The Manufacturing PMI (formerly the ISM Manufacturing Index) is derived from a survey of purchasing managers and their outlook on overall conditions by looking at factors such as orders for durable goods, industrial production, and hiring. It gives a general direction rather than the specific strength of the factory sector and manufacturing activity in the U.S. A reading above 50 is an indicator that the manufacturing sector is growing while a reading below 50 indicates a contraction.
In August, the Manufacturing PMI rose by 0.4 percentage points to a level of 59.9. The reading came in above market forecasts, which expected the third consecutive monthly decline. This marks the fifteenth consecutive month of expansion for the manufacturing industry and for the overall economy, as the index remains above 50 points. All six major manufacturing industries continued to report moderate to strong growth last month, and only two of the individual industries that make up the index reported a contraction—textile mills and nonmetallic mineral products.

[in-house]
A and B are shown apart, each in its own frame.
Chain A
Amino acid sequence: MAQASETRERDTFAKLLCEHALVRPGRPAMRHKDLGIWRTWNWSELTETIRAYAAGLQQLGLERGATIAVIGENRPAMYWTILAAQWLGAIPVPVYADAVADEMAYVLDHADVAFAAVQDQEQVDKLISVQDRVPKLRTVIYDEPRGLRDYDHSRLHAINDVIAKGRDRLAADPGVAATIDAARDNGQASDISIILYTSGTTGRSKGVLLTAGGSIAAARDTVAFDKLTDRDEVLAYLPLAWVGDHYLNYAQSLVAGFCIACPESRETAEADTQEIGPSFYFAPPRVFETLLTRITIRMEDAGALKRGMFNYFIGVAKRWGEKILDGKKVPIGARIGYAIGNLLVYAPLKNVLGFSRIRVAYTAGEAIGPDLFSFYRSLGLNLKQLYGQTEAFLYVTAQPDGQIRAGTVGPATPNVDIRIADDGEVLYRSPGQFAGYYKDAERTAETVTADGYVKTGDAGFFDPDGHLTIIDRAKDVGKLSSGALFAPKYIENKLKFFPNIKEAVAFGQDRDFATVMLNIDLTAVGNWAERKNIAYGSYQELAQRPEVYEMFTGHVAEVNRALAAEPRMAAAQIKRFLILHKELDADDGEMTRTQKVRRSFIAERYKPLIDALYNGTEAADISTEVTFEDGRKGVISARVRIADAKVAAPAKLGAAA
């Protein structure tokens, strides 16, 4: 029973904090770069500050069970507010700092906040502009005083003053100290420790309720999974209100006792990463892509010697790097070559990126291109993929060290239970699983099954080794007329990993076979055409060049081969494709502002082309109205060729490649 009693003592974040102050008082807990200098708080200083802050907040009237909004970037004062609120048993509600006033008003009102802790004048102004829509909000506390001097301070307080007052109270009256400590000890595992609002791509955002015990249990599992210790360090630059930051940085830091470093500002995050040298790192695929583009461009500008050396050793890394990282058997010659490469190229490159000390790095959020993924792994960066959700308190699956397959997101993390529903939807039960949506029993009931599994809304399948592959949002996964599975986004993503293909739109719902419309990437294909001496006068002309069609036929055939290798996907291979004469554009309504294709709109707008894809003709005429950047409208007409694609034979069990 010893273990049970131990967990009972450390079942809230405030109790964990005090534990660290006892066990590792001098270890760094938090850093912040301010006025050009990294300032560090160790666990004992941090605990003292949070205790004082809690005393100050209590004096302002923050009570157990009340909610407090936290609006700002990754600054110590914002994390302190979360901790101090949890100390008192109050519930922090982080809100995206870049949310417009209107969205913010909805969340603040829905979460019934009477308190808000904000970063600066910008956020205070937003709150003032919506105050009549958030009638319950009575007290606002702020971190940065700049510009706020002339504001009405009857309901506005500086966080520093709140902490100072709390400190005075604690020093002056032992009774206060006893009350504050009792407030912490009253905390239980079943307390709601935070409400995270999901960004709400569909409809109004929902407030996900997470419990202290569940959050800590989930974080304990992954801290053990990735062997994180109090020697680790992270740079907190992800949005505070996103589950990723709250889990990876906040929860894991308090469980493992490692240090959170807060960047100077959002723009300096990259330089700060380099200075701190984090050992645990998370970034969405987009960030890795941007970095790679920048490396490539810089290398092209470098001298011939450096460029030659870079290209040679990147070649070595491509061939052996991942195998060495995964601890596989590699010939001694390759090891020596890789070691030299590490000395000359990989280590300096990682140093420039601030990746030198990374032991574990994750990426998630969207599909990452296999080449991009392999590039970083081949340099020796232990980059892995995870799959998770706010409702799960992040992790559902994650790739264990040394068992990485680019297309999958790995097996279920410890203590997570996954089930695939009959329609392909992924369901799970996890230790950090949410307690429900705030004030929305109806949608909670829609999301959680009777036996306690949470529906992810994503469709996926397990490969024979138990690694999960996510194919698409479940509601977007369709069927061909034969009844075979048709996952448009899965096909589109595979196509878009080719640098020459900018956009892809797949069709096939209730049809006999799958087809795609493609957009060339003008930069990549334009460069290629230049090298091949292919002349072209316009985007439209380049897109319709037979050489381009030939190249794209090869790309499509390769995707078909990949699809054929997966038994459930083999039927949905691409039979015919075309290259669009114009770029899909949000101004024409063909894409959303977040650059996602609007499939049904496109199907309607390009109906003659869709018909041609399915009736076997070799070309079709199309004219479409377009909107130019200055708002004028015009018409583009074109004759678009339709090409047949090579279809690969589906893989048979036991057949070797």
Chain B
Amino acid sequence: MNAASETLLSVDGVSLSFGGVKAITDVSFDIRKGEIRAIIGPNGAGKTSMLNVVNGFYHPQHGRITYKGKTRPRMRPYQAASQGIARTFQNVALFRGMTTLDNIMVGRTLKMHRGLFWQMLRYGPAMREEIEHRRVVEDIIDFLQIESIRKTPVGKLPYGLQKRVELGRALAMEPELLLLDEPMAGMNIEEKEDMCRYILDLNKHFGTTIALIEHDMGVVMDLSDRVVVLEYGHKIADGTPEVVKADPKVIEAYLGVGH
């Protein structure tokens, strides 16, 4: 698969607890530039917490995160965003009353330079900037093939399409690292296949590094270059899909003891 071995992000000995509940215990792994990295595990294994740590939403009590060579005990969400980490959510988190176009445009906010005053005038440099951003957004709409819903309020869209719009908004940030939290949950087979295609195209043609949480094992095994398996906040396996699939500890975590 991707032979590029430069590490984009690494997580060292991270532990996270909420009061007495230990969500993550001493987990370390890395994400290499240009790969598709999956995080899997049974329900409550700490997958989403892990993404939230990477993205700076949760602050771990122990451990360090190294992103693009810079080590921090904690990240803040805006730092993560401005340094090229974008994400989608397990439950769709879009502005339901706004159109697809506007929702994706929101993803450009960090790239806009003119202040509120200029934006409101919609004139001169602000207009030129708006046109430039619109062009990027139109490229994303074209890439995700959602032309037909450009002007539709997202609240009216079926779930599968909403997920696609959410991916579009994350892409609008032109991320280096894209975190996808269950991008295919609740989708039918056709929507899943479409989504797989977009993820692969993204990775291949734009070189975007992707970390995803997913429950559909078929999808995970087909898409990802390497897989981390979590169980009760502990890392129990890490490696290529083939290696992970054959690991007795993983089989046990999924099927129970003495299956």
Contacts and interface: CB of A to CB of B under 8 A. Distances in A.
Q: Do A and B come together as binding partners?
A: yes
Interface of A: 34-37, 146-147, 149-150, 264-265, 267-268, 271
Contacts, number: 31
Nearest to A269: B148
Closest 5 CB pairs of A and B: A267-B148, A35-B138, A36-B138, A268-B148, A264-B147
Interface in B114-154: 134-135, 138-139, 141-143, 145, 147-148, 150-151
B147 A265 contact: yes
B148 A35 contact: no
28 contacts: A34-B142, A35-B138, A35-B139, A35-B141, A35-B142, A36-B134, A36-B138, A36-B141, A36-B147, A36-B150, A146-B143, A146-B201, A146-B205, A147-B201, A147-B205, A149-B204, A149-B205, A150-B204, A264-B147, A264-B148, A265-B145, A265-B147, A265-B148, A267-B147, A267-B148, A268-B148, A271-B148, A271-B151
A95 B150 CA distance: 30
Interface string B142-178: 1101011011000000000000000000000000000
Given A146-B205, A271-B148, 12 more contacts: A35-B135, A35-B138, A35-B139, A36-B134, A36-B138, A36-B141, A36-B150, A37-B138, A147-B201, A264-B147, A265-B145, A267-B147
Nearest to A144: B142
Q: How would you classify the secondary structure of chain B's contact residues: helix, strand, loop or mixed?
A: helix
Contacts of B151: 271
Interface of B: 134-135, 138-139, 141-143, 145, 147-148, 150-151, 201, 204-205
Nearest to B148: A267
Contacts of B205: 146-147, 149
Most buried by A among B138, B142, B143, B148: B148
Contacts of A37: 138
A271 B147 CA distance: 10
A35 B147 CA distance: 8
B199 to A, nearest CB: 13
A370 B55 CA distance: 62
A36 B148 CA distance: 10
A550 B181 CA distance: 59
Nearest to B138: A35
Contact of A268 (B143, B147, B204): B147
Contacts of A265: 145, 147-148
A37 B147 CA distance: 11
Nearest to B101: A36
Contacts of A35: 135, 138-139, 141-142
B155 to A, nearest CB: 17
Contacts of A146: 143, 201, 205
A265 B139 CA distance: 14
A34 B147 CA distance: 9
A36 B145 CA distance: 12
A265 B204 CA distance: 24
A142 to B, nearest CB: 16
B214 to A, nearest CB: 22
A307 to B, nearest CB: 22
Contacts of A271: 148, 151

The Manufacturing Index is comprised of several equally weighted subindices that measure conditions in the industry. All segments of the industry continue to be impacted by unusually long lead times and shortages of raw materials. Likewise, rising commodity prices and a lack of available labor remain obstacles for potential production. In fact, the employment index returned to contraction territory last month. Nevertheless, demand expanded in August, with new orders rising and customers’ inventories further contracting. The input-driven constraints that firms are facing, however, are making it challenging for them to meet the increased demand. There are signs that some of these shortages could begin to ease soon, as inventories returned to expansion territory due to improvements in raw material deliveries. Until these hurdles are fully resolved, manufacturing output will remain largely unable to meet the current levels of demand—which could weigh on the economic recovery and force prices higher.
September 1, 2021